The bacterium Vibrio cholerae is the causative agent of the diarrheal disease cholera and is responsible for seven known pandemics. The seventh cholera pandemic began in 1961 and is still active. Unlike previous pandemics, it is caused by cholera strains of a slightly different type. How did the modified cholera strains develop and spread, and what might have contributed to their success?
Scientists from the Max Planck Institute for Evolutionary Biology in Plön, Germany, and CAU Kiel, in an international team with colleagues from City College New York and the University of Texas Rio Grande Valley, have now gained new insights into a molecular mechanism that provides insight into the interactions between cholera bacteria and may have played a role in the emergence of the seventh pandemic.
In their natural environment, bacteria are subject to competition with other bacteria for space and nutrients. In this process, molecular mechanisms help them to hold their own. One such mechanism is the so-called "type 6 secretion system" (T6SS), with which a bacterium transports toxic proteins into a neighboring bacterium and thereby kills it. Thus, cholera bacteria of the seventh pandemic use their T6SS to keep other bacteria in check and presumably more easily cause infection.
Researchers now had the special opportunity to study the T6SS of cholera bacteria from previous pandemics. For this purpose, among other things, the T6SS genome sequence of cholera bacteria from the 2nd pandemic was reconstructed from a museum specimen from the 19th century in a complex procedure and recreated in the laboratory.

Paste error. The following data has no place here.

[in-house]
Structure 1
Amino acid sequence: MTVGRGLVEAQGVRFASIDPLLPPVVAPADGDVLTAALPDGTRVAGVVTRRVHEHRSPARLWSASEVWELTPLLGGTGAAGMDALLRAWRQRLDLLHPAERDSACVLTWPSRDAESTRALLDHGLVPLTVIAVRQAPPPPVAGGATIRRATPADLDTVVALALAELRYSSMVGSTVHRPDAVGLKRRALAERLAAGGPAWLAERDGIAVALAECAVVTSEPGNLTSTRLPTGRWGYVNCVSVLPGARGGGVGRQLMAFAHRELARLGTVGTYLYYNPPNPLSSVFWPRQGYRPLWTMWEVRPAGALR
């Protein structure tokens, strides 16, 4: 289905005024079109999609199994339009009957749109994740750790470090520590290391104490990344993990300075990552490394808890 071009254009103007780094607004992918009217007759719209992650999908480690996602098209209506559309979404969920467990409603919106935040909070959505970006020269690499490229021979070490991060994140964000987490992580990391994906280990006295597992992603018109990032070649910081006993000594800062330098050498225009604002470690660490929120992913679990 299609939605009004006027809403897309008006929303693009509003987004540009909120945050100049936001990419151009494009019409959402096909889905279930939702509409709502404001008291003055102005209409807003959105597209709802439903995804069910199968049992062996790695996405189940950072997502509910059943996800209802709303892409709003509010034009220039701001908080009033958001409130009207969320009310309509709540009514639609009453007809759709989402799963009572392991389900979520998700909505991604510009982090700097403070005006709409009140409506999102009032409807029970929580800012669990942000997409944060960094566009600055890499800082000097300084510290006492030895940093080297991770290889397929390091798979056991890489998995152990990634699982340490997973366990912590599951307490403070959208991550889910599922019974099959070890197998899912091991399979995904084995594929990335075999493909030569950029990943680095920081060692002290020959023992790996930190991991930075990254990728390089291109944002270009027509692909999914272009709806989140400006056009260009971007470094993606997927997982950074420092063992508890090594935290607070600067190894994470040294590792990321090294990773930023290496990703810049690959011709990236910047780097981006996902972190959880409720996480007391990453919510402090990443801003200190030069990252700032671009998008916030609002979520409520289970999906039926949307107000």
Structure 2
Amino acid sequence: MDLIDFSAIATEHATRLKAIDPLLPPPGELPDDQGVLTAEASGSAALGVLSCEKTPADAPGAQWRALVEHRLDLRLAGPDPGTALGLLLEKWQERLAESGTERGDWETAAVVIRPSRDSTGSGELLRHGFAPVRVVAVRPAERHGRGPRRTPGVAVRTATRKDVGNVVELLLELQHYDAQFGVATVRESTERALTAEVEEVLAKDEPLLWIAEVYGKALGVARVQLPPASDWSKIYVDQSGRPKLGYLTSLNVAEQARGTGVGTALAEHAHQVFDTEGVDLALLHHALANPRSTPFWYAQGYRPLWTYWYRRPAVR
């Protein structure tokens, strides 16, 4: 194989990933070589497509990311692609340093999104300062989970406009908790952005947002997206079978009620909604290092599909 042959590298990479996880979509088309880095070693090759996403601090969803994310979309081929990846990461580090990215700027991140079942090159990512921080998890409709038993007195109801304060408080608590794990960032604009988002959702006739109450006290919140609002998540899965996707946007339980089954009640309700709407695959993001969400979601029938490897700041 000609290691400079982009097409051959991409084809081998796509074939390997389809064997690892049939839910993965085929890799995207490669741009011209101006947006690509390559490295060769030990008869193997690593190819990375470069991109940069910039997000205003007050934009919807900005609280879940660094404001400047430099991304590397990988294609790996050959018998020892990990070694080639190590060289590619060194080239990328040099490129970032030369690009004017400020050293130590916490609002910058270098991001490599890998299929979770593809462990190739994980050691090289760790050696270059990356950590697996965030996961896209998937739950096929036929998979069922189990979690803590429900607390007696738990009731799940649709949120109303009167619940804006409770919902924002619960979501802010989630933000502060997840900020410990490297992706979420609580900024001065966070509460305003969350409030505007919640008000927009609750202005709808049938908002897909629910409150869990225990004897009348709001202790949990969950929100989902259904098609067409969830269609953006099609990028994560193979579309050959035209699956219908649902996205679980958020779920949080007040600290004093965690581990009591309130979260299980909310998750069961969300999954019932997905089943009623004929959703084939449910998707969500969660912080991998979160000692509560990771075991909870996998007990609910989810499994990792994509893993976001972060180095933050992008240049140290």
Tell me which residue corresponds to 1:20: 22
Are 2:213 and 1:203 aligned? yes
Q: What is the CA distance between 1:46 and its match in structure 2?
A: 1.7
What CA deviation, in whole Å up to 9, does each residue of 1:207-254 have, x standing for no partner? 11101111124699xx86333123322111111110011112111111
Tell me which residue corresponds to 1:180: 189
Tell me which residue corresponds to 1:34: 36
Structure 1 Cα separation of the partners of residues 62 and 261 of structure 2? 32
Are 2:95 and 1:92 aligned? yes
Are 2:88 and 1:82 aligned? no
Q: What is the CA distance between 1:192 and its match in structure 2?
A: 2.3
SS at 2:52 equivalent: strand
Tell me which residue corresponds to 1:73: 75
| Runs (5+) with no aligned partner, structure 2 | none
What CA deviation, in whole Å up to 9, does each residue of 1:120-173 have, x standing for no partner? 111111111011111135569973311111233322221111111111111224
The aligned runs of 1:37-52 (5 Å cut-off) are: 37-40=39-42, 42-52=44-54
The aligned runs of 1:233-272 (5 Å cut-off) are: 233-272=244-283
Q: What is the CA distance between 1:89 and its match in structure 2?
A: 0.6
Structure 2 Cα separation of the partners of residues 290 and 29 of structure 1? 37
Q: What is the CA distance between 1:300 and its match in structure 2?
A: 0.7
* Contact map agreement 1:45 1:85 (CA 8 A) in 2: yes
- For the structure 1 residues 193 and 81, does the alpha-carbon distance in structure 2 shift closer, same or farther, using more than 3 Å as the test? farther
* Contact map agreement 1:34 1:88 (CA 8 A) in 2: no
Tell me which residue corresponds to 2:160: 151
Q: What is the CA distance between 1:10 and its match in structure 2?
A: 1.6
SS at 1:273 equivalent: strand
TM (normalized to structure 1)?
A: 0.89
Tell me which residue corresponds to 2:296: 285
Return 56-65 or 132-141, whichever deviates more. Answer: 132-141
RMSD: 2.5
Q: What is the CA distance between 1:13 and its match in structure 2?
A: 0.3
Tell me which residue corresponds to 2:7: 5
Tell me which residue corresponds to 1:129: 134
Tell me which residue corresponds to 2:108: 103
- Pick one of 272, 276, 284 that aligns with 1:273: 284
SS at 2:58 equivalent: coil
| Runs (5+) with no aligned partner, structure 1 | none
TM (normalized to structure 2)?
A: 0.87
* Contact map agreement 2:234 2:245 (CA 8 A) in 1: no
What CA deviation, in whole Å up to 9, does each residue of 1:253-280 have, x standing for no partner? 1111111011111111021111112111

In the process, the scientists were able to show that 2nd and 6th pandemic cholera bacteria lack a functional T6SS. As a result, the bacteria of earlier pandemics not only lack the ability to attack other bacteria, they are themselves killed by bacterial strains of the seventh pandemic. This may have been one of the reasons that older cholera strains were displaced by modified cholera strains of the seventh pandemic and are now hard to find.
Daniel Unterweger, one of the study's authors and a group leader at the Max Planck Institute, says, "With these findings, we support the theory that microbial competition between bacteria is very important for understanding pathogens and bacterial pandemics. Our research on the cholera bacterium was made possible by an S2 laboratory newly established at the institute. Here, we can conduct experiments with bacterial pathogens under the necessary safety precautions. The study contains some of the first data from the new laboratory."
Source: Max Planck Institute for Evolutionary Biology